The Trailer for Rings of Power Has Aired. Does Evil Have a Problem With Creativity?

The Lord of the Rings: Rings of Power takes aim. But will it be a miss?

The trailer for The Lord of the Rings: Rings of Power has aired during the Super Bowl. Embedded below is the trailer, in case you haven’t seen it, and are interested:

People had thoughts, which largely had to do with whether The Lord of the Rings (LotR) would become yet another victim of corporate entities milking franchises for money with little regard for the established material, while at the same time using it to virtue signal, and subsequently using intersectionality as a high horse in the event that the fans point out its shortcomings. Similar to what’s happened with the Star Wars sequel trilogy.

Among the answers to the trailer is the following quote, attributed to J.R.R. Tolkien, and presented in different languages:

“Evil cannot create anything new, they can only corrupt and ruin what good forces have invented or made.”

While this is presented as a quote from J.R.R. Tolkien, the quote actually came from TV Tropes’ page, Evil Is Sterile, where it is used to describe an apparent philosophy to the worldbuilding of LotR.

While the quote is misattributed, I find it thought-provoking, as it brings to mind the apparent adversarial relationship between creativity and the forces of evil.

It’s long been thought that the opposite of life is death. However, this is not the case. Death is what occurs at the terminal point of an individual organism’s life. In nature, organisms do not adapt to have perpetual, permanently self-sustained lives. Their lives are of a span that takes them to the point that they’d be most likely to procreate, then perform whatever actions are necessary to ensure the success of their progeny.

In reality, the opposite of life is destruction. It’s not just the opposite of life, it’s the opposite of creativity.

As life continues onwards, organisms develop in increasingly complex, creative ways that suggests a certain guidance that is not accidental. As one considers this, one can appreciate that the Christian religion teaches that God made humanity in His own image. Of all the terrestrial creatures that we’ve yet discovered, humans are the most creative.

Standing in opposition to creativity is the forces of wickedness, which tend to destruction. The forces of destruction have an adversarial relationship to anything creative in any form, and the closer that one’s mind is to the core of wickedness, the more absolute that one is in their determination to destroy.

I have no reservation in calling those who I take issue with by their virtues: they are evil. Those who are evil hate creativity, hate creation, hate freedom to create, hate planning, hate procreating, hate expression, and even hate all forms of art, literature, music, and any other form of expression that doesn’t fit their own narrow band of preferences. But if their tendency towards evil were to be taken to its natural conclusion, they’d eventually want to destroy those, too.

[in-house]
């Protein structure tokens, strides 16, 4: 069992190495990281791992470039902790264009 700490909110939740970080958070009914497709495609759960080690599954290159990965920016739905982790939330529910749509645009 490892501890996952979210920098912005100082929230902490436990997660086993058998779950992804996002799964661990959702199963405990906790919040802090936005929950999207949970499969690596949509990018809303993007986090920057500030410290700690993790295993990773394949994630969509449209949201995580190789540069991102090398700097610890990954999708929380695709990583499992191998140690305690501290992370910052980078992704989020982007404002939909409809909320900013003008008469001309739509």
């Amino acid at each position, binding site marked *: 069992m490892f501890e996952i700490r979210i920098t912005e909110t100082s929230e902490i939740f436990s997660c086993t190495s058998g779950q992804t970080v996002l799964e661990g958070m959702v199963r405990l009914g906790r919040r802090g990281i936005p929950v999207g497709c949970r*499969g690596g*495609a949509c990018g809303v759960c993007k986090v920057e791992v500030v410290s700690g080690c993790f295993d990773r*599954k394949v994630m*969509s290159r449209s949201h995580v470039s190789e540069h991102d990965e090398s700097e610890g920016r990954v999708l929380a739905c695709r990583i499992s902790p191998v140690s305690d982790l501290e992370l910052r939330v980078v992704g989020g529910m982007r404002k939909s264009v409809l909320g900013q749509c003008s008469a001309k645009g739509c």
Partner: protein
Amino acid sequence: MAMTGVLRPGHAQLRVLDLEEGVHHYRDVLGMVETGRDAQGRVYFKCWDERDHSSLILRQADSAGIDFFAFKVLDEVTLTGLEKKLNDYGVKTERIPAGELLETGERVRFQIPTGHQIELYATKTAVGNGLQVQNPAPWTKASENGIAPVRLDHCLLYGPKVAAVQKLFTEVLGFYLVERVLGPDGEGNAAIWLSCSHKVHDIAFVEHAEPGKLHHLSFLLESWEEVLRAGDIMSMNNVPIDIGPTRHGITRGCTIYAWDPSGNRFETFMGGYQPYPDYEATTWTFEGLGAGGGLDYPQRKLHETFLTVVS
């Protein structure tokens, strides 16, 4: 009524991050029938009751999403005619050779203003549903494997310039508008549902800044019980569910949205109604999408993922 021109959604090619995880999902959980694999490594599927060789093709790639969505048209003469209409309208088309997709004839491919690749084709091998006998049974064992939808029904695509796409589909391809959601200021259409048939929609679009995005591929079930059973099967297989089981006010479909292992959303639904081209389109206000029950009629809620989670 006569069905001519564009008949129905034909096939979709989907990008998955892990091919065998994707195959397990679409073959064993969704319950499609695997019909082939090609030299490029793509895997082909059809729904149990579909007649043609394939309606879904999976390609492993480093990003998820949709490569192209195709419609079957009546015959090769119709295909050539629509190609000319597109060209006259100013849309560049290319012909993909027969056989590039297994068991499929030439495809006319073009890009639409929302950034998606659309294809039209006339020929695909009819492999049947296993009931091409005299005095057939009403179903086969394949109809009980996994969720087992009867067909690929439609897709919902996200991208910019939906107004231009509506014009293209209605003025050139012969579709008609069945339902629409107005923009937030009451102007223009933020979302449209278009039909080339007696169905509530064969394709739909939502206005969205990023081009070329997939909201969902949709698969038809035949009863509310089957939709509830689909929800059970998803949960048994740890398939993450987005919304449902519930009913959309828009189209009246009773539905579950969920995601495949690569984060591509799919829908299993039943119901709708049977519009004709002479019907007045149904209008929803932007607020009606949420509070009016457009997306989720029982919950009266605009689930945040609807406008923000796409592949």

The forces of evil are seldom completely evil. Their thirst for destruction does clash with their own self-preservation. The fact is, evil is able to survive for a time, by simply imitating what’s been proven to be effective, as far as they can perceive its benefit to themselves.

Sam: Don’t orcs eat, and don’t they drink? Or do they just live on foul air and poison?
Frodo: No, they eat and drink, Sam. The Shadow that bred them can only mock; it cannot make: not real, new things of its own. I don’t think it gave life to the orcs, it only ruined and twisted them, and if they are to live at all, they have to live like other living creatures.

Sam and Frodo, The Lord of the Rings: The Return of the King

While all living things imitate to an extent, the forces of evil are disproportionately reliant on it, for their own lack of capacity to create, and inflexibility of mind to adapt.

“I don’t care that they stole my idea… I care that they don’t have any of their own.”

Nikola Tesla

If you’ve been following this blog for a while, you might have gotten the idea that I tend to favor the creative when it comes to disputes over sensibilities. I’m a Freedom-of-Expression kind of guy. A world where expression is not stifled is the kind of environment where humanity can be allowed to develop to it’s fullest.

Creativity does have its enemies, however. And they’re evident in what they do. It’s easy to think of examples off the top of my head, but I think they’ll be evident to most people if they were to take a moment to think of them in terms of what they accomplish.

A lot of people out there have their concerns about Rings of Power, which is coming to Amazon Prime Video. I agree that when intersectionality is ram-rodded into a creative work it jeopardizes the quality of the work.

But as I see it, there’s another problem: To a hammer, everything looks like a nail. There are people out there whose minds are so trained to see intersectionality poisoning their entertainment, that they’ll take even the slightest sign of intersectionality as a sign that a work is turning into a dumpster fire.

While intersectionality is problematic, not every apparent virtue-signal of diversity and inclusion is a deliberate move in the culture war.

Is it the case for Rings of Power? It’s kinda looking like it. But if Middle Earth ends up disappointing fans, there are other fantasies out there. Perhaps, if you feel inclined, you can express your own creativity, and share a fantasy of your own with the world.

My apologies, Captain Slavin. I forgot not everyone is able to appreciate art as I do.

Grand Admiral Thrawn

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